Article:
Kim Kluxen Meredith has written the book she needed to read 17 years ago.

That was when her husband, 44-year-old Lancaster attorney David Kluxen, died following a car accident and she was left a widow with two young children.

"I would go to bookstores and stand in the Death and Dying section," scanning the shelves, she recalled.

Yet she never found a book that addressed someone her age, or told her what to do with her grieving children, she said.

"I just couldn't find anything light yet practical."

The Hempfield High School Spanish teacher is now sharing her personal experience -- along with her insight into how to go forward after a loved one's loss -- in an inspirational self-help book, "Listen for the Whispers: Coping With Grief & Learning to Live Again," from Cable Publishing.

In an interview last week, Meredith said she started writing down her thoughts shortly after her tragic loss.

It was a way to "feel better but not alarm the kids," as sharing her pain, loneliness, fear and self-doubt with them might have done.

After a year, she looked back at what she had written and saw "the gift I'd been given" by way of a heartbreaking experience. Her impulse was to share it, to let others know what she had realized about being a "true survivor" who mends the hole ripped in heart and soul with fond memories, warm feelings and acceptance.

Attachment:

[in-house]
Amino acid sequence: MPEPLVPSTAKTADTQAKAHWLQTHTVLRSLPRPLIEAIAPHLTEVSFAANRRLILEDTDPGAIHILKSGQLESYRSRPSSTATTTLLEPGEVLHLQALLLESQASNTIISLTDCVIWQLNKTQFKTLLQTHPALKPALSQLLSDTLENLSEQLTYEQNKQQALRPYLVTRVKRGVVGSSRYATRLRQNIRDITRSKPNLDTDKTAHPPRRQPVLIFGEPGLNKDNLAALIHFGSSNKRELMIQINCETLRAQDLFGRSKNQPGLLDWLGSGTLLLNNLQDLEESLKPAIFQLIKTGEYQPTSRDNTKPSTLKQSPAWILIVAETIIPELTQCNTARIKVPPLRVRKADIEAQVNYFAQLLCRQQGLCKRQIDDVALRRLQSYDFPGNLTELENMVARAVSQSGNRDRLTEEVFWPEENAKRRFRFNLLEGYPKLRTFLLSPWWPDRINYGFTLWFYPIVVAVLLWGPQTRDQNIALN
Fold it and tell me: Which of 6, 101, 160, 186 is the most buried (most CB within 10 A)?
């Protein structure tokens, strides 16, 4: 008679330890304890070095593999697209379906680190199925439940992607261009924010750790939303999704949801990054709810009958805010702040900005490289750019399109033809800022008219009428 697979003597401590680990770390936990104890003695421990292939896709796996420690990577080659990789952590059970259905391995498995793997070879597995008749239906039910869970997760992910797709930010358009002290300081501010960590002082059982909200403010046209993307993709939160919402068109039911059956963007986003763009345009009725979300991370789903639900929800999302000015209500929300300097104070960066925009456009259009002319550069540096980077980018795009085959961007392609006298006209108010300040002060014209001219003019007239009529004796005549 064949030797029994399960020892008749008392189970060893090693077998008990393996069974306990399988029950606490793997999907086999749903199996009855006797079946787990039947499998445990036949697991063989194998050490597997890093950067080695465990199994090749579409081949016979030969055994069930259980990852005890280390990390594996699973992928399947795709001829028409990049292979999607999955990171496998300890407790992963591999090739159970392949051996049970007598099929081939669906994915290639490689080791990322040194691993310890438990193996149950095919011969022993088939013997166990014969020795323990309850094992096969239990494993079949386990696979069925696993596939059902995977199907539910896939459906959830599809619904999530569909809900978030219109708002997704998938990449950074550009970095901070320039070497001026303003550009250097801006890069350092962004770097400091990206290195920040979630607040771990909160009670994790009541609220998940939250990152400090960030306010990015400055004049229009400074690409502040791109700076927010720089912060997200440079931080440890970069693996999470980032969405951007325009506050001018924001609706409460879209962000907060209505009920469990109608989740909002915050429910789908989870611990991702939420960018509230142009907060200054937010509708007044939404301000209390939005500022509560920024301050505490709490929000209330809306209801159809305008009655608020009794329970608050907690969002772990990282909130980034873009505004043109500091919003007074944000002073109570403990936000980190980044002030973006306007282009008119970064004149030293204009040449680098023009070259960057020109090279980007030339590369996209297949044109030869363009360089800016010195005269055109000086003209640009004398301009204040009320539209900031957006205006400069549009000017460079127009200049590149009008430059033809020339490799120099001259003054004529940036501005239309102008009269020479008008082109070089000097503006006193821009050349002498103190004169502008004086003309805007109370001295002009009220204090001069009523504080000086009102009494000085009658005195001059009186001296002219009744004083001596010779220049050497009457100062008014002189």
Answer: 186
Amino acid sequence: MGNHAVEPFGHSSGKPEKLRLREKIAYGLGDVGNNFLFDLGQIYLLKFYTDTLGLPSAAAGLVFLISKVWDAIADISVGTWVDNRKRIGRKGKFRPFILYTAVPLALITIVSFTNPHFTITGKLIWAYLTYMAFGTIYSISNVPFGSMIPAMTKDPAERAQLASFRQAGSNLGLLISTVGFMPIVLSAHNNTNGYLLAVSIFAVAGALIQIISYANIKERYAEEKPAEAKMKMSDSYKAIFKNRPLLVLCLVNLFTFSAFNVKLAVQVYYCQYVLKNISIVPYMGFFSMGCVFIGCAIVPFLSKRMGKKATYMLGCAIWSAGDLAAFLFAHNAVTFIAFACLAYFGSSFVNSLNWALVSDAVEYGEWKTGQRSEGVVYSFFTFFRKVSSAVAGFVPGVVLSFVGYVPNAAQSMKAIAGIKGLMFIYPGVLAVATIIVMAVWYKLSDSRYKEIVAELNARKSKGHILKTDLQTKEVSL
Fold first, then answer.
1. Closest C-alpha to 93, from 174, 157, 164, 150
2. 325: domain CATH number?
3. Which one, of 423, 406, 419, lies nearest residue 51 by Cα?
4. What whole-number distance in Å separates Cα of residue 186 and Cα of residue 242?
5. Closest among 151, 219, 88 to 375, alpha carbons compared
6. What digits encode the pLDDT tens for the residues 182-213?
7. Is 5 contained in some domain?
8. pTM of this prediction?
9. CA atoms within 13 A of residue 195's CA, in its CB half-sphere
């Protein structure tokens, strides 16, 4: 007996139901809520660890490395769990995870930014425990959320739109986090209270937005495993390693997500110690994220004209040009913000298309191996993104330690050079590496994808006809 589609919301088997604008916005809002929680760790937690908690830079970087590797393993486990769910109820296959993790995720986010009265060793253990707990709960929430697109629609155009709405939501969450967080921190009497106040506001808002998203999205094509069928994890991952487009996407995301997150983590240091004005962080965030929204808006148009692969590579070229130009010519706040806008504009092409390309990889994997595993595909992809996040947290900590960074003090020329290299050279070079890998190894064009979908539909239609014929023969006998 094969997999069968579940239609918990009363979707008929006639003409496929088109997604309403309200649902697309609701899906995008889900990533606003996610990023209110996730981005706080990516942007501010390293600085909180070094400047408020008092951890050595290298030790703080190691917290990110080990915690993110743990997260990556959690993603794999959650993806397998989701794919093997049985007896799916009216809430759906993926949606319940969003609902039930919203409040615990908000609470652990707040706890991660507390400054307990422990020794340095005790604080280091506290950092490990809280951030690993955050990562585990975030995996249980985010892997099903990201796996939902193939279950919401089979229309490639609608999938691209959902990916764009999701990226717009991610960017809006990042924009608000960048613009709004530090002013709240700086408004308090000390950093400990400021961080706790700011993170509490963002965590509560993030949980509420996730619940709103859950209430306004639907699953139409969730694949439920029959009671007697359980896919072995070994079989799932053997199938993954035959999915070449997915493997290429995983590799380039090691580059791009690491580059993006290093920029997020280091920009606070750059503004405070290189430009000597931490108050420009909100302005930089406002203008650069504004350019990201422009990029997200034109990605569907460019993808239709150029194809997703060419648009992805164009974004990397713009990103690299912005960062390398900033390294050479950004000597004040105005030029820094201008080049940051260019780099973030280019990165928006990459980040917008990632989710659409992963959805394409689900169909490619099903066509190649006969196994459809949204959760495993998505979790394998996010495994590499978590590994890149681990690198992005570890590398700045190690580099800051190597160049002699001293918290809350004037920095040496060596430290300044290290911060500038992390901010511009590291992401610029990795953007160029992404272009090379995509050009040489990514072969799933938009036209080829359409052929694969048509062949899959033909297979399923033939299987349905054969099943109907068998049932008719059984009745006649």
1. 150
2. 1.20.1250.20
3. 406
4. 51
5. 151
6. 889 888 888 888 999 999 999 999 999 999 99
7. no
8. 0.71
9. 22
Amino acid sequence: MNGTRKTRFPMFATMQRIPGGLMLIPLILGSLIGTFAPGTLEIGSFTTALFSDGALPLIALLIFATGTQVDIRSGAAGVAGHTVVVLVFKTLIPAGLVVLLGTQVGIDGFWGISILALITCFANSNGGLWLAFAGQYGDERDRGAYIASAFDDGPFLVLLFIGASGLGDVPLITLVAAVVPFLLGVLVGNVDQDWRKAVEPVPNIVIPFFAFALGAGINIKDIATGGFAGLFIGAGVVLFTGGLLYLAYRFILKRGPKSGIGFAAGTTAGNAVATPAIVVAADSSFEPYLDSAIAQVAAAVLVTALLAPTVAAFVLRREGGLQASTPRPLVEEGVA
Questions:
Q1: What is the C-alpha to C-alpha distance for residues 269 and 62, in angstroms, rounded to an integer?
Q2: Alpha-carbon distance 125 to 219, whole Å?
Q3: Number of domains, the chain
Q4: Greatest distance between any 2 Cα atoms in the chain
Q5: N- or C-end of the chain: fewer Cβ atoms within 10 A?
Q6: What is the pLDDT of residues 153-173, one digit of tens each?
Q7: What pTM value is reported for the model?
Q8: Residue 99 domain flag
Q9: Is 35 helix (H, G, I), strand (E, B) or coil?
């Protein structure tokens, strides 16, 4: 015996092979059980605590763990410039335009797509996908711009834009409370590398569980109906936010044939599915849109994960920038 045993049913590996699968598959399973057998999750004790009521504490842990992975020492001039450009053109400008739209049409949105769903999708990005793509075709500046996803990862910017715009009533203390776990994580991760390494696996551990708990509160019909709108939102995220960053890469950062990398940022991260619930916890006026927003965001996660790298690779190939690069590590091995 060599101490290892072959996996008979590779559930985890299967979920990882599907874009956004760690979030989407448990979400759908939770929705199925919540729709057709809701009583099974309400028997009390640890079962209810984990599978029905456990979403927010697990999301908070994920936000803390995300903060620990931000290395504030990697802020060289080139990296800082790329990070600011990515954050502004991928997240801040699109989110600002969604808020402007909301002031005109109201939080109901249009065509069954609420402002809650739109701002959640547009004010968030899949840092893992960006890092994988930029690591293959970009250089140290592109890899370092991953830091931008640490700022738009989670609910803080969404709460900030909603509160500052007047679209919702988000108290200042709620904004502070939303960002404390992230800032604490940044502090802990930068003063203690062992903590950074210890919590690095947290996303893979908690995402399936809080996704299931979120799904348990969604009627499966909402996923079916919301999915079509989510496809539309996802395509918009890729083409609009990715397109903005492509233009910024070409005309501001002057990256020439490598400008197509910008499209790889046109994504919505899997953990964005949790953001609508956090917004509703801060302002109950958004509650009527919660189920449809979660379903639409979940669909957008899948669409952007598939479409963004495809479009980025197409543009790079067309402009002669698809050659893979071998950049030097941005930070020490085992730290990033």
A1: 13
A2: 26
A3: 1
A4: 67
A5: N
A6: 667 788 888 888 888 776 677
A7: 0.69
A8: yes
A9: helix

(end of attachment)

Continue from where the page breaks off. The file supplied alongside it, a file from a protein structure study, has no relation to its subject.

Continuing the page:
One key realization was that she needed to "listen to the whispers," Meredith term for "the messages that I believe God has given me," which others might regard as the voice within, a feeling, an instinct.

She set her writing aside for 10 years until her daughter encouraged her to pursue publication. That was a seven-year process, as she was determined to avoid self-publishing. "I wanted to be an authentic author," she said.

Then Cable, the small Wisconsin-based publisher of local authors Del Staecker and Jim Zervanos, accepted her manuscript and gave her valuable guidance for expanding it, she said.

• The largest part of the 175-page book is intensely personal and detailed. "My Story" is divided into four parts that cover such things as the accident and hospital experience, breaking the news to the children, arranging the funeral, venturing into a support group, clearing out the closet, coping with finances and household emergencies and dating again. (She married Thomas W. Meredith Jr. in 2004, after being set up on a blind date by her daughter and future son-in-law.)

Most affecting is a short chapter relating how her first husband's wedding band was transformed into two rings for her children, and what they chose to have engraved on them.

The second part of the book focuses on practical ways to cope with grief. "Lifeline suggestions" range from "Get caller ID and screen your calls. Unscrupulous sales people read obituaries and can invade your personal space" to "Catch some old episodes of 'The Three Stooges.' "

The third section of the book is the do-it-yourself portion: room for journaling inspired by quotations such as this one from Johann Wolgang von Goethe: "Just trust yourself, then you will know how to live."

The author will be featured at an open meeting of the ZEST group at 7 p.m. Wednesday, Sept. 29, at Zion Lutheran Church, East Petersburg. Her book is available in both paperback, $16.95, and hardcover, $23.95. For more information, visit

Jo-Ann Greene is books editor of the Sunday News. Her e-mail address is

What to Read Next